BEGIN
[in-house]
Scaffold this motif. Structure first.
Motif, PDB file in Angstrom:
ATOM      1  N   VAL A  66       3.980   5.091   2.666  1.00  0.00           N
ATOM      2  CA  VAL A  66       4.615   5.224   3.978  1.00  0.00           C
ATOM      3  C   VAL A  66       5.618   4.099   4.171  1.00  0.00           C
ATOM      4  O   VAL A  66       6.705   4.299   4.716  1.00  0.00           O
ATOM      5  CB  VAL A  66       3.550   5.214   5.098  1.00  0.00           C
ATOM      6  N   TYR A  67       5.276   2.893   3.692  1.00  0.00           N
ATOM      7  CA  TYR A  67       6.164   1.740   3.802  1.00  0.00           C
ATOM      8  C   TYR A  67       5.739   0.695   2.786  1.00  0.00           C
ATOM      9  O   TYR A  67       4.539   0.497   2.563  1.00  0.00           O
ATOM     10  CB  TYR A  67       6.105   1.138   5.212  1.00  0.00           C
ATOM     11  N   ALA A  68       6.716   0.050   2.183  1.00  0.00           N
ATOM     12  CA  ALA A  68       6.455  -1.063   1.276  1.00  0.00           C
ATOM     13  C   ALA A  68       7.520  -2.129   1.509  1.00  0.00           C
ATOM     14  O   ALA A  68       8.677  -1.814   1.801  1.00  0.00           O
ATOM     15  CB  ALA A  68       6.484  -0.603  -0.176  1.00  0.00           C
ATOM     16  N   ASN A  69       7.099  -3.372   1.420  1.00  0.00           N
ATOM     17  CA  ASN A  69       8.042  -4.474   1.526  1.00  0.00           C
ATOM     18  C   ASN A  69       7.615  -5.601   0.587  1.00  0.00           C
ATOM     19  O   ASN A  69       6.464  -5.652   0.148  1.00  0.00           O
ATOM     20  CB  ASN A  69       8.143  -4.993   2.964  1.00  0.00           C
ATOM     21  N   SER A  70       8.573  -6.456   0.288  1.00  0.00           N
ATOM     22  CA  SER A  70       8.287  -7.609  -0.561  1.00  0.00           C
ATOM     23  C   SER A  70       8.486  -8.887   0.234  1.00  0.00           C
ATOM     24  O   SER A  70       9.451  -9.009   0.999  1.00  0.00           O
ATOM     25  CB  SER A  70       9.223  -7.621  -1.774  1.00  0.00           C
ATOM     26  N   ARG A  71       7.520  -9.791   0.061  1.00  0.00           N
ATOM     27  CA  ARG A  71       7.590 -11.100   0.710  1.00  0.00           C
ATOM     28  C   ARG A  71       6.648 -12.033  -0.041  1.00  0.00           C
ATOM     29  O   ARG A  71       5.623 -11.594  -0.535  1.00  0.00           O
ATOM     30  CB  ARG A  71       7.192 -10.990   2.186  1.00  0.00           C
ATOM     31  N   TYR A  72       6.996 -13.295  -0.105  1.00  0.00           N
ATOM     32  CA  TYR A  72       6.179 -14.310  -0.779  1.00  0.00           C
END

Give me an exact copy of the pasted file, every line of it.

[in-house]
Scaffold this motif. Structure first.
Motif, PDB file in Angstrom:
ATOM      1  N   VAL A  66       3.980   5.091   2.666  1.00  0.00           N
ATOM      2  CA  VAL A  66       4.615   5.224   3.978  1.00  0.00           C
ATOM      3  C   VAL A  66       5.618   4.099   4.171  1.00  0.00           C
ATOM      4  O   VAL A  66       6.705   4.299   4.716  1.00  0.00           O
ATOM      5  CB  VAL A  66       3.550   5.214   5.098  1.00  0.00           C
ATOM      6  N   TYR A  67       5.276   2.893   3.692  1.00  0.00           N
ATOM      7  CA  TYR A  67       6.164   1.740   3.802  1.00  0.00           C
ATOM      8  C   TYR A  67       5.739   0.695   2.786  1.00  0.00           C
ATOM      9  O   TYR A  67       4.539   0.497   2.563  1.00  0.00           O
ATOM     10  CB  TYR A  67       6.105   1.138   5.212  1.00  0.00           C
ATOM     11  N   ALA A  68       6.716   0.050   2.183  1.00  0.00           N
ATOM     12  CA  ALA A  68       6.455  -1.063   1.276  1.00  0.00           C
ATOM     13  C   ALA A  68       7.520  -2.129   1.509  1.00  0.00           C
ATOM     14  O   ALA A  68       8.677  -1.814   1.801  1.00  0.00           O
ATOM     15  CB  ALA A  68       6.484  -0.603  -0.176  1.00  0.00           C
ATOM     16  N   ASN A  69       7.099  -3.372   1.420  1.00  0.00           N
ATOM     17  CA  ASN A  69       8.042  -4.474   1.526  1.00  0.00           C
ATOM     18  C   ASN A  69       7.615  -5.601   0.587  1.00  0.00           C
ATOM     19  O   ASN A  69       6.464  -5.652   0.148  1.00  0.00           O
ATOM     20  CB  ASN A  69       8.143  -4.993   2.964  1.00  0.00           C
ATOM     21  N   SER A  70       8.573  -6.456   0.288  1.00  0.00           N
ATOM     22  CA  SER A  70       8.287  -7.609  -0.561  1.00  0.00           C
ATOM     23  C   SER A  70       8.486  -8.887   0.234  1.00  0.00           C
ATOM     24  O   SER A  70       9.451  -9.009   0.999  1.00  0.00           O
ATOM     25  CB  SER A  70       9.223  -7.621  -1.774  1.00  0.00           C
ATOM     26  N   ARG A  71       7.520  -9.791   0.061  1.00  0.00           N
ATOM     27  CA  ARG A  71       7.590 -11.100   0.710  1.00  0.00           C
ATOM     28  C   ARG A  71       6.648 -12.033  -0.041  1.00  0.00           C
ATOM     29  O   ARG A  71       5.623 -11.594  -0.535  1.00  0.00           O
ATOM     30  CB  ARG A  71       7.192 -10.990   2.186  1.00  0.00           C
ATOM     31  N   TYR A  72       6.996 -13.295  -0.105  1.00  0.00           N
ATOM     32  CA  TYR A  72       6.179 -14.310  -0.779  1.00  0.00           C